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Welcome to our ‘Coin Flip Python’ tutorial! In this guide, we’ll walk you through the process of building a virtual coin tossing program using Python. With just a few lines of code, you’ll be able to simulate a coin flip and get a random ‘Heads’ or ‘Tails’ result. Let’s get started and add some randomness to your Python projects!

Loading and scaling the coin image:

# Load the coin image
coin_img = pygame.image.load('coin.png')
coin_img = pygame.transform.scale(coin_img, (100, 100))

We load the coin image from the file “coin.png” and then scale it to a size of 100×100 pixels using pygame.transform.scale() so that it fits nicely on the screen.

New variables for animation:

flip_animation = False
flip_frame = 0

We introduce two new variables: flip_animation (a boolean flag to control the animation state) and flip_frame (a counter to keep track of the animation frame).

Modifying the draw_coin function:

def draw_coin():
    screen.blit(coin_img, (coin_center[0] - coin_img.get_width() // 2, coin_center[1] - coin_img.get_height() // 2))
    font = pygame.font.SysFont(None, 30)
    text = font.render("Press 'F' to flip the coin", True, (0, 0, 0))
    screen.blit(text, (screen_width // 2 - 130, screen_height - 50))

We update the draw_coin function to draw the coin image on the screen using screen.blit(). The image is centered around the coin_center. We also display the “Press ‘F’ to flip the coin” message at the bottom of the screen.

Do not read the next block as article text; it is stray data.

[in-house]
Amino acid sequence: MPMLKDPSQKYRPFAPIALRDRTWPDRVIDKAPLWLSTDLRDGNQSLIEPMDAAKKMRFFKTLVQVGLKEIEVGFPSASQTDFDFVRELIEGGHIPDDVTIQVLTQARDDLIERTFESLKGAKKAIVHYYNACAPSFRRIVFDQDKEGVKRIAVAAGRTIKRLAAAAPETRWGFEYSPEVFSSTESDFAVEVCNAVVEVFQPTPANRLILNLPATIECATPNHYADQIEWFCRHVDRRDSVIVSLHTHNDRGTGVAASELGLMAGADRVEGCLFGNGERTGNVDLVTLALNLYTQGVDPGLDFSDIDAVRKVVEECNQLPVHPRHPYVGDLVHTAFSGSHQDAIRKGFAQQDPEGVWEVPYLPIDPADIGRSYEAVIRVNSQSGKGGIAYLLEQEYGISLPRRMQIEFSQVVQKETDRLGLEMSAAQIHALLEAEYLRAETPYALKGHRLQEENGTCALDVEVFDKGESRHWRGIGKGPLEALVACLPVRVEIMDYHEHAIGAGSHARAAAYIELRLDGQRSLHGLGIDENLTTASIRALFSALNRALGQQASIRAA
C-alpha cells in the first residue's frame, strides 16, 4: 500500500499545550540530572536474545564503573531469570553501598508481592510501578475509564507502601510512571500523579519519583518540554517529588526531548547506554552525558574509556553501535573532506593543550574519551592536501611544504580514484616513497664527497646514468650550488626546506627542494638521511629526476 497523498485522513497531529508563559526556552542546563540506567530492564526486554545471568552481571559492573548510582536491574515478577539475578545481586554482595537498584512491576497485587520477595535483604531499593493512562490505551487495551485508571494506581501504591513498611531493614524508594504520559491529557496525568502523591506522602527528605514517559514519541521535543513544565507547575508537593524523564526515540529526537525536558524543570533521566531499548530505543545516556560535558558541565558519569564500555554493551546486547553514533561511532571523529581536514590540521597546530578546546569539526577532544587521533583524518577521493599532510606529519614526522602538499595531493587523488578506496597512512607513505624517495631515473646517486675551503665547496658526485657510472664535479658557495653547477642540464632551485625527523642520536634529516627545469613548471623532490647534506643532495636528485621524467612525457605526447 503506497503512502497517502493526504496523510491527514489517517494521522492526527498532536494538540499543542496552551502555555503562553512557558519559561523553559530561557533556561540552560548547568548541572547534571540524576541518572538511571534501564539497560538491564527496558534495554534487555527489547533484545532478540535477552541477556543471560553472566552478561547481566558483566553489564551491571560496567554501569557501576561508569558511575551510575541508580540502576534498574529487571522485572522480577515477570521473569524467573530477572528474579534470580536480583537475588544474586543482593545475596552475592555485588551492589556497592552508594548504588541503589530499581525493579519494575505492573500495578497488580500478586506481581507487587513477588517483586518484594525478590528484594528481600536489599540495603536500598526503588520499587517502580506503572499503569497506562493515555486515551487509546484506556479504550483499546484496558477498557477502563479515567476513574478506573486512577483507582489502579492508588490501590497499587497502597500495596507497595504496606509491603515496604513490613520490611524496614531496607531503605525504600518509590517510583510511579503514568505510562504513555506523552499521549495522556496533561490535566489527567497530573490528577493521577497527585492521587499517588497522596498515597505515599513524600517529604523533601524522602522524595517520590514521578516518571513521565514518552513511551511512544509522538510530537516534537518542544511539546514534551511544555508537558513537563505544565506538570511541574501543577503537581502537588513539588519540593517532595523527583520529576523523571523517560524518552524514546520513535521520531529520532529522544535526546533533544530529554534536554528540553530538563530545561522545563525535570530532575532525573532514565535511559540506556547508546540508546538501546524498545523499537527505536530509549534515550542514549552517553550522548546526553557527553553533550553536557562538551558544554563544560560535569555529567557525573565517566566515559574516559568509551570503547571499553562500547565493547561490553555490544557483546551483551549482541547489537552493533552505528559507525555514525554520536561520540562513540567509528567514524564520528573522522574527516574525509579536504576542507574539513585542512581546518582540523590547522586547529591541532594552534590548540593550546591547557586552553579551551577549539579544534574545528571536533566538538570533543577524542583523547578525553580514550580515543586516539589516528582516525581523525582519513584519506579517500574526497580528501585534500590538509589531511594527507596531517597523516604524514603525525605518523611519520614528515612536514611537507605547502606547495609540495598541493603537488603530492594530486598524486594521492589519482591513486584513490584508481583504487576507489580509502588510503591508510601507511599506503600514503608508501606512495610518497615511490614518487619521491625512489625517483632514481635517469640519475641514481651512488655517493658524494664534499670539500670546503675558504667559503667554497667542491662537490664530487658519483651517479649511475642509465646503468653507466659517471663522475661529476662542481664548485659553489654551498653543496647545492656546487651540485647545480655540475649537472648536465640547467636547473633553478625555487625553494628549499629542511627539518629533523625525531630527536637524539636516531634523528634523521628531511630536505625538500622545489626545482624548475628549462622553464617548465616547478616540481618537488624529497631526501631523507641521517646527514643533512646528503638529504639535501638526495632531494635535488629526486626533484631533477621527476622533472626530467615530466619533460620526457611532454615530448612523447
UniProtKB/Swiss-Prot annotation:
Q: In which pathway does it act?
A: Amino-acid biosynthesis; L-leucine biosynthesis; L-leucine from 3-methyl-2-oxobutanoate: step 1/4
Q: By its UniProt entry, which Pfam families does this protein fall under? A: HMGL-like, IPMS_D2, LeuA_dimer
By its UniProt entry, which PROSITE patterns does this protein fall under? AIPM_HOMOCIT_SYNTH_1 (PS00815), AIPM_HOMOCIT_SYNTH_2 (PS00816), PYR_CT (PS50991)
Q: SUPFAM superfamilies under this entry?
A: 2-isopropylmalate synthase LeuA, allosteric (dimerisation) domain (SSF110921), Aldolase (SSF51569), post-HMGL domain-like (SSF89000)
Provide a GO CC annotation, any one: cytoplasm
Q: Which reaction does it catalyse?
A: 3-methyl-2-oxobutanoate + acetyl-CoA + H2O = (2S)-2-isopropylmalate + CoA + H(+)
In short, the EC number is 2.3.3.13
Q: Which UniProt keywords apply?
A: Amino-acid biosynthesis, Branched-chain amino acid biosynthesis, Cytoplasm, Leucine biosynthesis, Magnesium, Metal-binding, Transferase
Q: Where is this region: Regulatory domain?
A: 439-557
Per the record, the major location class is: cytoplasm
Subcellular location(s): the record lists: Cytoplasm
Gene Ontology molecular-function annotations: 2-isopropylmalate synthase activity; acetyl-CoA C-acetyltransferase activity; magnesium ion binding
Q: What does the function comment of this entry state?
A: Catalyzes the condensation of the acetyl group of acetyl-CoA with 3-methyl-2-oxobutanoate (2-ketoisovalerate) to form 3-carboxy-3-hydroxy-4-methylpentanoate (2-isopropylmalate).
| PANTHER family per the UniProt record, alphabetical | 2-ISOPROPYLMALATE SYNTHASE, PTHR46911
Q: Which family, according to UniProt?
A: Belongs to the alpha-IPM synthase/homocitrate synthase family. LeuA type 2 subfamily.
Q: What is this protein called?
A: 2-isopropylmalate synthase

Adding the animation to the main loop:

if flip_animation:
    flip_frame += 1
    if flip_frame >= 20:  # Change animation speed by adjusting the value here
        flip_animation = False

# Draw the coin or the flipped coin
if flip_animation:
    rotated_coin = pygame.transform.rotate(coin_img, flip_frame * 18)  # Adjust the rotation speed here
    screen.blit(rotated_coin, (coin_center[0] - rotated_coin.get_width() // 2, coin_center[1] - rotated_coin.get_height() // 2))

In the main loop, we check if flip_animation is True. If it is, we start the animation by incrementing flip_frame. We limit the animation to 20 frames (you can adjust this value to control the animation speed).

The rotated coin is created using pygame.transform.rotate() with an angle based on flip_frame. We adjust the rotation speed by multiplying flip_frame with a value (18 in this case) to control the number of degrees rotated per frame.

If flip_animation is False (animation is not running), we draw the coin normally using the draw_coin() function.

With these changes, the coin will animate when you press the ‘F’ key, and the result will be displayed after the animation finishes. Feel free to tweak the animation speed, rotation angle, and other properties to get the desired effect!

The full source code for this project is available on Github.

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